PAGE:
Following reports that the South Korean Coinrail cryptocurrency exchange had been hacked over the weekend, bitcoin prices fell nearly 10 percent, and they continued their decline into Wednesday, when the cryptocurrency hit a two-month low. After hitting a low of $6,455.91 in the early Asian morning, bitcoin rebounded slightly. As reported by Coinbase, bitcoin was trading at $6587.50 as of 1:00 p.m. HK/SIN on Wednesday. The cryptocurrency is down over 20 percent this month and more than 50 percent since the start of 2018.
On the technical level, analysts have commented that once bitcoin breached the $7,000 level it became more difficult for the cryptocurrency to recover quickly. Other cryptocurrencies have also struggled in the wake of the hacking. Ethereum has fallen nearly 6 percent in the past 24 hours, CNBC reported. Ethereum was last trading at $496.98. Ethereum is the second-largest cryptocurrency as measured by market cap. Ripple was also down nearly 6 percent for the day.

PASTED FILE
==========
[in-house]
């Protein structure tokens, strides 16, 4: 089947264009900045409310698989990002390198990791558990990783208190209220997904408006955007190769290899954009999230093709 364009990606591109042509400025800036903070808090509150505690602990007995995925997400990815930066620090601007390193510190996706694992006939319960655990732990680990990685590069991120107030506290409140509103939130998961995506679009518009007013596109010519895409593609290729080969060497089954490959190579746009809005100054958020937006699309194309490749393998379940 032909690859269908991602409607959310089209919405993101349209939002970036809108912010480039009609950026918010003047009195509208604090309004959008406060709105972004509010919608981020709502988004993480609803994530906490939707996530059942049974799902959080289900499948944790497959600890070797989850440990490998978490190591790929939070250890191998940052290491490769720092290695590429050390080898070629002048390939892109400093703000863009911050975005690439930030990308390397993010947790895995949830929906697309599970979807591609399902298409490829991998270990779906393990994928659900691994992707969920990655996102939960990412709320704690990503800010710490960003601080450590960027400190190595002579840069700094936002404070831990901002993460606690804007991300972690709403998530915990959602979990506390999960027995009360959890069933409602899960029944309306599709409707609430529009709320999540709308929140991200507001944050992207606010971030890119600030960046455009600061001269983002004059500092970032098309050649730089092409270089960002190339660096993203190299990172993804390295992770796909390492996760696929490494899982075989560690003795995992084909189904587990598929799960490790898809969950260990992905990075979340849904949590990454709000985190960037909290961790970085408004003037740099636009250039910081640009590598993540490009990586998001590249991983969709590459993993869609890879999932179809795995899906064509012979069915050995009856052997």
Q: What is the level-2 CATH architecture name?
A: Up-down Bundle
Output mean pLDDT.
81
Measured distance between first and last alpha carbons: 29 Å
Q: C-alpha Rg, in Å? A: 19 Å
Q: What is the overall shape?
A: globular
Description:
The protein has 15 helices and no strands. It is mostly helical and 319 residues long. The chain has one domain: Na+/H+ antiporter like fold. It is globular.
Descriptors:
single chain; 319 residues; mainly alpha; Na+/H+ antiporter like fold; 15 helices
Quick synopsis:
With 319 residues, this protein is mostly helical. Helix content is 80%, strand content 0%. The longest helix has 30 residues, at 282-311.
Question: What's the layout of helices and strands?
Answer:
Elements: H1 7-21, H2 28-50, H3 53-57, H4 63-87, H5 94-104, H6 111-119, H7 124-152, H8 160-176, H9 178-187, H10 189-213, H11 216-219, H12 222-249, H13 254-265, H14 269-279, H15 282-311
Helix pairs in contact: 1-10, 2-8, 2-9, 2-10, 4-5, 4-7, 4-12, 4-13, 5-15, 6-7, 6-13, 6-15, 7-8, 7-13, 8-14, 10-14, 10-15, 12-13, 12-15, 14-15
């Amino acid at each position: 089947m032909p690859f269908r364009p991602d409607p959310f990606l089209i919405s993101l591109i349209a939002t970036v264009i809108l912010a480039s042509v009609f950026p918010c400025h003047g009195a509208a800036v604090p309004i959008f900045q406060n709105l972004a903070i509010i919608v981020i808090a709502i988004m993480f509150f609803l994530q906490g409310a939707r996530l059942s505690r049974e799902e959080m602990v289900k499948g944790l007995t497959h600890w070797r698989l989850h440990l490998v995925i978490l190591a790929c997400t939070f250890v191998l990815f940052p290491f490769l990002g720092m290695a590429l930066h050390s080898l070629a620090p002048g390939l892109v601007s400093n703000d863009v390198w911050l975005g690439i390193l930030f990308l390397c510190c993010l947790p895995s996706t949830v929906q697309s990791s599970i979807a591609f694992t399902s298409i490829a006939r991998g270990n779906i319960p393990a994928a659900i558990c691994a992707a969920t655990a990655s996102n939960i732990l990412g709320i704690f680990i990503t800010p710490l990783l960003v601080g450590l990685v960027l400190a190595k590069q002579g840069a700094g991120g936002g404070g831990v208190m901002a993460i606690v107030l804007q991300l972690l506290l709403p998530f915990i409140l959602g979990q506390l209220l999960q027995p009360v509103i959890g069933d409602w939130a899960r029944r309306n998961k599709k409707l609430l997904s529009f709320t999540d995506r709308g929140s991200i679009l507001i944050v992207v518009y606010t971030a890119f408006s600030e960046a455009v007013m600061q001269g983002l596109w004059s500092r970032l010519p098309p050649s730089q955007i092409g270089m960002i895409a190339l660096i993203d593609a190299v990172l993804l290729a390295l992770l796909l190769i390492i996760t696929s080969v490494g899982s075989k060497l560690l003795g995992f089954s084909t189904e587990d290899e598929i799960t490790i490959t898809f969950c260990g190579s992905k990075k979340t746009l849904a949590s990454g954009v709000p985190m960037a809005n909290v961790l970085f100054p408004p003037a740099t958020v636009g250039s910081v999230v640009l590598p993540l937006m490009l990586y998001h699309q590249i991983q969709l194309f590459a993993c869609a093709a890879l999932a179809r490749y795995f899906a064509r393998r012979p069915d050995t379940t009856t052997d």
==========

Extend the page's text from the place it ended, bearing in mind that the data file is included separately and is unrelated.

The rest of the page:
The U.S. dollar strengthened on Wednesday in advance of the Federal Reserve’s policy meeting conclusion which could provide hints about how many more interest rate hikes will be coming this year. The dollar hit a three-week high against the yen of 110.68, and it was trading at 110.63, a 0.25 percent increase, just after noon in Hong Kong. The dollar also advanced against most of its other trading partners including the Australian dollar, the Swiss franc, the Canadian dollar and the British pound. The greenback was unchanged against the euro as traders waited for announcements from both the Federal Reserve and the European Central Bank today and later this week. The dollar index was up 0.06 percent to 93.88 .DXY.